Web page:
NSH is the primary hospital serving Northern California, which houses defendants who are undergoing competency restoration treatment and who have been found not guilty by reason of insanity.  Before Dr. Samuelson blew the whistle, it was suspected that the overcrowded hospital rubber stamped defendants as fit for trial when they were not.  Many were drilled to recite random legal facts as if they understood their case when they were simply repeating what they were told.  But there was little evidence of the institution’s intentional misconduct until Dr. Samuelson exposed the program.  

Dr. Samuelson said in her complaint that Chief Psychologist Jones “made clear to Samuelson that he was committed to … returning patients to court as competent to stand trial, and to minimizing the time for attaining such positive outcomes, regardless of the actual competency of individuals to stand trial.”

According to Dr. Samuelson, the psychologists were pressured to find patients competent to improve the statistics in regards to a federal consent decree in 2007.  When Dr. Samuelson was hired, the consent decree was a set of negotiated changes by the U.S. Attorney General to improve patient care and reduce suicides and assaults at NSH.  The federal investigation had revealed civil rights violations, including overuse of restraints.

A criticism of competency restoration programs in general is that they focus on memorization of legal terminology instead of helping the defendant to fully comprehend their case and rationally assist their attorney in defense.  Dr. Samuelson accused the hospital of violating the standard of care by relying upon biased methods.  A defendant’s mental status was measured by the Revised Competency to Stand Trial Assessment Instrument (not an accepted psychology test) and was scored in a “mock trial” method, scripted by poorly trained non-psychologist staff.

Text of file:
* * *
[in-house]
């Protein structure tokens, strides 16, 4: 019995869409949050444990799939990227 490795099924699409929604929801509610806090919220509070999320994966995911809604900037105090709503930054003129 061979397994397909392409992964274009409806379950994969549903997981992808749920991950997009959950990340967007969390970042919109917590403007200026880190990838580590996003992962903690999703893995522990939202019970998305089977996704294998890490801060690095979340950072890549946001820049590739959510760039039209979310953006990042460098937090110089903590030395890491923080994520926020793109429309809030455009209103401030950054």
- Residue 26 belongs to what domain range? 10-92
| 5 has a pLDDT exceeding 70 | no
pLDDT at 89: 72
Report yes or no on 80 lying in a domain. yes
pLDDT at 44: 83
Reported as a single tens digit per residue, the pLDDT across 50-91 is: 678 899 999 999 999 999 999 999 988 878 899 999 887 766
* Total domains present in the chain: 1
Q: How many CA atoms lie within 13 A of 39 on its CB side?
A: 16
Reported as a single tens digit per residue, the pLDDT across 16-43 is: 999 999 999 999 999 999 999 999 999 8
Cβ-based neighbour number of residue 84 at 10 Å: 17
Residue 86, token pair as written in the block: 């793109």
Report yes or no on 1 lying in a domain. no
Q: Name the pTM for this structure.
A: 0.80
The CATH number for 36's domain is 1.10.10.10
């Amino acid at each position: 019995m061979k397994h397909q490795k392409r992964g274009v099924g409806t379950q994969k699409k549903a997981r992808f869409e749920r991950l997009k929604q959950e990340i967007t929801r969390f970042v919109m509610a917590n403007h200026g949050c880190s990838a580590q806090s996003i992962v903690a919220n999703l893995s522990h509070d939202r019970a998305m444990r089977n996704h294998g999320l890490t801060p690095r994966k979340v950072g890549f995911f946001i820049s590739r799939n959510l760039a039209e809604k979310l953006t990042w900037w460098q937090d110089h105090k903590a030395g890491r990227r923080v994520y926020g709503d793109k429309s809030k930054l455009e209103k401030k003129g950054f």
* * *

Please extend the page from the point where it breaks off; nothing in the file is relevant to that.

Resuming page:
According to testimony at the civil trial, the hospital would drill into the patients simple legal facts instead of helping them comprehend what was happening.  Staff made patients read a handbook outlining the factual Q & A of the RCAI and would coach patients, telling them the correct answers, so that they could pass the unstandardized test.

Forensic psychology experts retained by both the plaintiff and the defense agreed that the hospital’s methods fell short of standard acceptable practice.  The process ignored Constitutional requirements, including that a defendant must have a rational understanding as well as the capacity to make rational decisions before they can stand trial.  Both experts also said that defendants should have an understanding of not just the generic legal environment, but of their own specific legal circumstances.

Dr. Samuelson was fired after she disclosed the data of two tests she administered to the defendant in the 2008 case, the ECST-R and the MacCAT-CA.  She did so after obtaining permission from the patient and from the judge.  The hospital’s peer review committee first recommended that she be fired after they claimed that this disclosure was unethical.  However, according to the American Psychological Association’s Ethics Code, there is no prohibition on disclosing test results and data in a legal setting.

The state has a month to decide whether to appeal the verdict.